Bellefonte is TVA’s latest nuclear non-starter, after 47 years from when “construction” first began. (Photo: TVA/Wikimedia Commons)

That was certainly true for Westinghouse Electric Company and SCANA, still embroiled in the ever unraveling scandal around the failure to complete two new reactors at the V.C. Summer nuclear power plant in South Carolina. As executives of the bankrupt Westinghouse and SCANA, who retained them, continue to face criminal charges, Westinghouse has already had to shell out $2.168 billion in settlement payments related to the Summer debacle. 

In August, news reports said Westinghouse would also be required to reimburse low-income ratepayers to the tune of $21.25 million. That’s because the new reactors got funded in part through electricity rates, even though they never delivered a single watt of electricity. The cost of the project itself eventually ballooned to more than $9 billion before collapsing.

Let’s look at the track record as a whole. According to Wikipedia’s article, List of cancelled nuclear reactors in the United States: “Of the 253 nuclear power reactors originally ordered in the United States from 1953 to 2008, 48 percent were cancelled, 11 percent were prematurely shut down, 14 percent experienced at least a one-year-or-more outage, and 27 percent are operating without having a year-plus outage. Thus, only about one fourth of those ordered, or about half of those completed, are still operating and have proved relatively reliable.”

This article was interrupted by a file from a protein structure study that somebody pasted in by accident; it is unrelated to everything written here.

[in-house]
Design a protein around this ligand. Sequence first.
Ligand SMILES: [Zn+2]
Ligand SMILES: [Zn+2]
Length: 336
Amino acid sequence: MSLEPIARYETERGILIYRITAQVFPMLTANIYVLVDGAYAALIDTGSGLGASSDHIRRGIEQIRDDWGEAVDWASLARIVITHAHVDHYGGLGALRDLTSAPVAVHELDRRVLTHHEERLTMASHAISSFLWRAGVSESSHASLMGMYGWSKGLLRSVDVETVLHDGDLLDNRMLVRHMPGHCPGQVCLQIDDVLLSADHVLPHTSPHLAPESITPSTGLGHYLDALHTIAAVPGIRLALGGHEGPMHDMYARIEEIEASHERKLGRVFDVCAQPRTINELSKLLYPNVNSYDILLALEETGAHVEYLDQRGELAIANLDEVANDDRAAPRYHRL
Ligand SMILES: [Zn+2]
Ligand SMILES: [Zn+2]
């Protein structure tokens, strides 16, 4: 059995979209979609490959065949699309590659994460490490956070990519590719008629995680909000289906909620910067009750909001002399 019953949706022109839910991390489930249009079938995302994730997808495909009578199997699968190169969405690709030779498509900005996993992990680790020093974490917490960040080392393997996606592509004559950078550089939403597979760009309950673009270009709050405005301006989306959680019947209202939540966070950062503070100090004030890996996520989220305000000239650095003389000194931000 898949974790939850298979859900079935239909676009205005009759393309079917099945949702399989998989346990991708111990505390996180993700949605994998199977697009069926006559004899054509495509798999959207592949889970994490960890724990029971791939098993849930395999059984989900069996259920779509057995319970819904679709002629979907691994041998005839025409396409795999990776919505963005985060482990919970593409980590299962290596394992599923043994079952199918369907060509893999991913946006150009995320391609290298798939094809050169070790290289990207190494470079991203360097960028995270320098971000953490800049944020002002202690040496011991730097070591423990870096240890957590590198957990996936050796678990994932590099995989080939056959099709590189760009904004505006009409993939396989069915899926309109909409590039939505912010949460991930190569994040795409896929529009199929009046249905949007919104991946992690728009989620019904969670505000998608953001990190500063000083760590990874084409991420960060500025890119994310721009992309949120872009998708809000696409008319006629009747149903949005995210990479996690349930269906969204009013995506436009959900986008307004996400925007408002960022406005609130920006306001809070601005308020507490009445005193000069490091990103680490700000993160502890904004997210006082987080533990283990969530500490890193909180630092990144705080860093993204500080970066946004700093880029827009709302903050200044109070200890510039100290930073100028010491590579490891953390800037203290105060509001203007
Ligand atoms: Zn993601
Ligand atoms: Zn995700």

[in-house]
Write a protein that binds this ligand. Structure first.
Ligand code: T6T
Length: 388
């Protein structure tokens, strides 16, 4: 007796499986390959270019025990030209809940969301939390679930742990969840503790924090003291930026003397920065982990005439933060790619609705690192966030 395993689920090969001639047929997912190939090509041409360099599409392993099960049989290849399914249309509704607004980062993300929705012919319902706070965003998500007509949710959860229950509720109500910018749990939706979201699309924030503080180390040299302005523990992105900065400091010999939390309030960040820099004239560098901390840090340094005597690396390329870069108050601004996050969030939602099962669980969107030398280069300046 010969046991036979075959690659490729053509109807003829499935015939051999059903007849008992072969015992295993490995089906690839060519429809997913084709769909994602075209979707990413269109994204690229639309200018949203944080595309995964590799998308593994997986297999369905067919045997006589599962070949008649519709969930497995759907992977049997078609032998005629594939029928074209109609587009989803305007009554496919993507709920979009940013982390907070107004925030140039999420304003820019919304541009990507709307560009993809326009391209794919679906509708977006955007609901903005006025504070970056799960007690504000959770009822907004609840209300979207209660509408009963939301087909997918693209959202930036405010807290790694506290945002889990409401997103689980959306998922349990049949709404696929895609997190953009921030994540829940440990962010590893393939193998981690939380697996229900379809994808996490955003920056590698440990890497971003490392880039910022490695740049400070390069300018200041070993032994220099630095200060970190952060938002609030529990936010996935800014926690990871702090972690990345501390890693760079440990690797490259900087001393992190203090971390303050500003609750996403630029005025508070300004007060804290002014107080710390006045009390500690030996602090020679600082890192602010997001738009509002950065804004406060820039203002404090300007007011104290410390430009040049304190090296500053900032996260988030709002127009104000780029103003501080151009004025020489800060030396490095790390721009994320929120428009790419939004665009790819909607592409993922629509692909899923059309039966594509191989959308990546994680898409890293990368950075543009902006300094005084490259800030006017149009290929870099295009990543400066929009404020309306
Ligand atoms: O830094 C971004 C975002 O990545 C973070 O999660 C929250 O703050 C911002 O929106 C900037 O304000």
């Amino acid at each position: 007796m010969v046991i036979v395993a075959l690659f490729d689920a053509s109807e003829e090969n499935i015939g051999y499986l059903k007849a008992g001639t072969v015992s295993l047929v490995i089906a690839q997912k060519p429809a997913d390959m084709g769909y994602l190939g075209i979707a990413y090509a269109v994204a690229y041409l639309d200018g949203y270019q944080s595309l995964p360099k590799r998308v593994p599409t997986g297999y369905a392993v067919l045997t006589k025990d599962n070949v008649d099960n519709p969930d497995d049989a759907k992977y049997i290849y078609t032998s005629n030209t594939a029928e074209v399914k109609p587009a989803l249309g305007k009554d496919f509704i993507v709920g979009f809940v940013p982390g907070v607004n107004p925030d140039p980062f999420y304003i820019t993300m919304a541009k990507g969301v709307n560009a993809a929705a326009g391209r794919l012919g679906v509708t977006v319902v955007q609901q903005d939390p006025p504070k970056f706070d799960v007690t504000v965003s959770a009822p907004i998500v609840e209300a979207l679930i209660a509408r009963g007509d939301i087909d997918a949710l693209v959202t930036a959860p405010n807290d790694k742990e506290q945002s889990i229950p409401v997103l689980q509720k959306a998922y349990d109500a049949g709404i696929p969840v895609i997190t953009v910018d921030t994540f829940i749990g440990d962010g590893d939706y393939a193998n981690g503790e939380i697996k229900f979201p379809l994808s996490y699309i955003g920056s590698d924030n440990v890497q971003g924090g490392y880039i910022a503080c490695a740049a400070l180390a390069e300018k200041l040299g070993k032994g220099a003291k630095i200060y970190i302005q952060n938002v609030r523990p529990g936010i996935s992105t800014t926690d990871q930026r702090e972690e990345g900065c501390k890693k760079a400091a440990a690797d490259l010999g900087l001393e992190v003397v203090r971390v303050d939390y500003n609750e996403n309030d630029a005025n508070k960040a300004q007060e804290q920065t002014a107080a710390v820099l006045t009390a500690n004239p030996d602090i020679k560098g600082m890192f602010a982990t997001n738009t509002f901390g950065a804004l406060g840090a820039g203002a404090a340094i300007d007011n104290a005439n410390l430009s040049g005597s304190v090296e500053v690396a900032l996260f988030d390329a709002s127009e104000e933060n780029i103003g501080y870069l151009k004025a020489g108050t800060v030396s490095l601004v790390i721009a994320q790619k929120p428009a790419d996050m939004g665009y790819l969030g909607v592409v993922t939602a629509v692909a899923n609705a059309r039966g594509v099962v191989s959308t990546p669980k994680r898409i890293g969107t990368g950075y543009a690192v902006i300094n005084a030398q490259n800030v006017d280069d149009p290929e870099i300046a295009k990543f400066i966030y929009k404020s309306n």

Wikipedia’s stunning list on the same page details 157 reactors that were either canceled before or during construction.

The massive costs, of course, send most corporations running scared, the Haney family notwithstanding. Even when meaty subsidies have been dangled — as they were for the Calvert Cliffs 3 EPR project in Maryland — utility companies balk and bail. In the case of Calvert Cliffs, Constellation Energy was the US partner with the French government utility EDF. But even when offered a $7.5 billion loan guarantee by the Obama administration, Constellation viewed those terms as “too expensive and burdensome” and quit

This left EDF, a foreign company, as sole owner, a violation of the Atomic Energy Act. The project duly collapsed, one of many referred to earlier by Paul Gunter as the fantasy of a nuclear renaissance that first sputtered, then went out.

President Obama, of course, was no friend to the anti-nuclear movement. So eager was he to boost new nuclear construction in the US that he called for the inclusion of $55 billion for nuclear loan guarantees in his $3.8 trillion 2011 budget. In his State of the Union address that year, Obama talked of “building a new generation of safe, clean nuclear power plants in this country.” Kool-Aid thoroughly drunk, then.

All of this should send an obvious message to the deaf ears of Ben Cardin (D-MD), Sheldon Whitehouse (D-RI) and Cory Booker (D-NJ), the leading pro-nuclear evangelists in the U.S. Senate. Cardin’s power production credit bill actually has the gall to describe nuclear power as “zero-emission”, a lie that even Cardin’s own staffer was forced to concede in a recent meeting attended by Paul Gunter who called him out on it.

Not that any of this will stop the bill going forward and almost certainly passing. Like the three monkeys, those Senators and their colleagues will acknowledge no negatives about nuclear power, even as the industry’s appalling litany of financial fiascoes and failures stares them in the face. They will forge right ahead, thus dooming to its own failure the very progress on climate change they claim to champion.

Linda Pentz Gunter is the international specialist at Beyond Nuclear and writes for and edits Beyond Nuclear International. This story first appeared on Counterpunch.

Headline image of three monkeys by  MoreVector/Shutterstock.

One Comment on “The record-breaking failures of nuclear power

  1. Pingback: De Amerikaanse nucleaire renaissance | Stichting Laka